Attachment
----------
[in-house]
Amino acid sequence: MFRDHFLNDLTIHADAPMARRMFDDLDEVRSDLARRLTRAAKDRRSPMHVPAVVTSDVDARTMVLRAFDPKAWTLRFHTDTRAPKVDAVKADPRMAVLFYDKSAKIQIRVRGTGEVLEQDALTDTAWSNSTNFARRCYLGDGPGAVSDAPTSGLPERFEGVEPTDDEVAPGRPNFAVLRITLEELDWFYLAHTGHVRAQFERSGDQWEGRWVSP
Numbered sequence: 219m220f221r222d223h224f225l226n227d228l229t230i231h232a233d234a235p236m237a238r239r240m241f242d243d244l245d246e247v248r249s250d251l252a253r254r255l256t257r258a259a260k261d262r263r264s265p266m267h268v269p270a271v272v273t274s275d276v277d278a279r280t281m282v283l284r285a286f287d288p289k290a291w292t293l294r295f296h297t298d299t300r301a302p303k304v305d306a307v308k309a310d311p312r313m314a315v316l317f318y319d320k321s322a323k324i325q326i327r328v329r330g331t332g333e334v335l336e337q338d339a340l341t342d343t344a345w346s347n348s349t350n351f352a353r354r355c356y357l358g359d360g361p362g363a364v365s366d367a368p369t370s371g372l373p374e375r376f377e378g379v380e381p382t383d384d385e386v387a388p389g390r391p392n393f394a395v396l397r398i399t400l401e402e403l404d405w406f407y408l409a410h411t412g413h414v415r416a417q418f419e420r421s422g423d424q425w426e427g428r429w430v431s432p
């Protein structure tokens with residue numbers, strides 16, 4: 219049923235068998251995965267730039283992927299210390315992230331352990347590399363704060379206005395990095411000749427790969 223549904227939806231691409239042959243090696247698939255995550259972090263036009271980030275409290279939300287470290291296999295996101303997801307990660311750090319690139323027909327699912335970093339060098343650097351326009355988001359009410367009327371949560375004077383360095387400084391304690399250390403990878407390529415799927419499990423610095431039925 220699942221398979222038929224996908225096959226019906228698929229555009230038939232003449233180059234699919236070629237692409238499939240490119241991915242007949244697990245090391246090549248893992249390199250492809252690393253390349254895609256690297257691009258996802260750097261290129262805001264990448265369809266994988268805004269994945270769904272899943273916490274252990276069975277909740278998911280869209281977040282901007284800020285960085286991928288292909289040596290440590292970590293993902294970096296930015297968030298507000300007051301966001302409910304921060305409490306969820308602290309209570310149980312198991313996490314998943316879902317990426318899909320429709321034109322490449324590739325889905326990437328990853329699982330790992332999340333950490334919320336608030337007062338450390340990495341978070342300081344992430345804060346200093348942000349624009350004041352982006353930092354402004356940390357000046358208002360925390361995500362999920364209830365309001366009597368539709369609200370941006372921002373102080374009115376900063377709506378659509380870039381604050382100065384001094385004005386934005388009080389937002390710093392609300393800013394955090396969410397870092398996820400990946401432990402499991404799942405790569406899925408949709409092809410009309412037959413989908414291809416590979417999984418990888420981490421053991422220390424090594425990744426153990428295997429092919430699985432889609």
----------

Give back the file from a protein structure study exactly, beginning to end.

[in-house]
Amino acid sequence: MFRDHFLNDLTIHADAPMARRMFDDLDEVRSDLARRLTRAAKDRRSPMHVPAVVTSDVDARTMVLRAFDPKAWTLRFHTDTRAPKVDAVKADPRMAVLFYDKSAKIQIRVRGTGEVLEQDALTDTAWSNSTNFARRCYLGDGPGAVSDAPTSGLPERFEGVEPTDDEVAPGRPNFAVLRITLEELDWFYLAHTGHVRAQFERSGDQWEGRWVSP
Numbered sequence: 219m220f221r222d223h224f225l226n227d228l229t230i231h232a233d234a235p236m237a238r239r240m241f242d243d244l245d246e247v248r249s250d251l252a253r254r255l256t257r258a259a260k261d262r263r264s265p266m267h268v269p270a271v272v273t274s275d276v277d278a279r280t281m282v283l284r285a286f287d288p289k290a291w292t293l294r295f296h297t298d299t300r301a302p303k304v305d306a307v308k309a310d311p312r313m314a315v316l317f318y319d320k321s322a323k324i325q326i327r328v329r330g331t332g333e334v335l336e337q338d339a340l341t342d343t344a345w346s347n348s349t350n351f352a353r354r355c356y357l358g359d360g361p362g363a364v365s366d367a368p369t370s371g372l373p374e375r376f377e378g379v380e381p382t383d384d385e386v387a388p389g390r391p392n393f394a395v396l397r398i399t400l401e402e403l404d405w406f407y408l409a410h411t412g413h414v415r416a417q418f419e420r421s422g423d424q425w426e427g428r429w430v431s432p
């Protein structure tokens with residue numbers, strides 16, 4: 219049923235068998251995965267730039283992927299210390315992230331352990347590399363704060379206005395990095411000749427790969 223549904227939806231691409239042959243090696247698939255995550259972090263036009271980030275409290279939300287470290291296999295996101303997801307990660311750090319690139323027909327699912335970093339060098343650097351326009355988001359009410367009327371949560375004077383360095387400084391304690399250390403990878407390529415799927419499990423610095431039925 220699942221398979222038929224996908225096959226019906228698929229555009230038939232003449233180059234699919236070629237692409238499939240490119241991915242007949244697990245090391246090549248893992249390199250492809252690393253390349254895609256690297257691009258996802260750097261290129262805001264990448265369809266994988268805004269994945270769904272899943273916490274252990276069975277909740278998911280869209281977040282901007284800020285960085286991928288292909289040596290440590292970590293993902294970096296930015297968030298507000300007051301966001302409910304921060305409490306969820308602290309209570310149980312198991313996490314998943316879902317990426318899909320429709321034109322490449324590739325889905326990437328990853329699982330790992332999340333950490334919320336608030337007062338450390340990495341978070342300081344992430345804060346200093348942000349624009350004041352982006353930092354402004356940390357000046358208002360925390361995500362999920364209830365309001366009597368539709369609200370941006372921002373102080374009115376900063377709506378659509380870039381604050382100065384001094385004005386934005388009080389937002390710093392609300393800013394955090396969410397870092398996820400990946401432990402499991404799942405790569406899925408949709409092809410009309412037959413989908414291809416590979417999984418990888420981490421053991422220390424090594425990744426153990428295997429092919430699985432889609």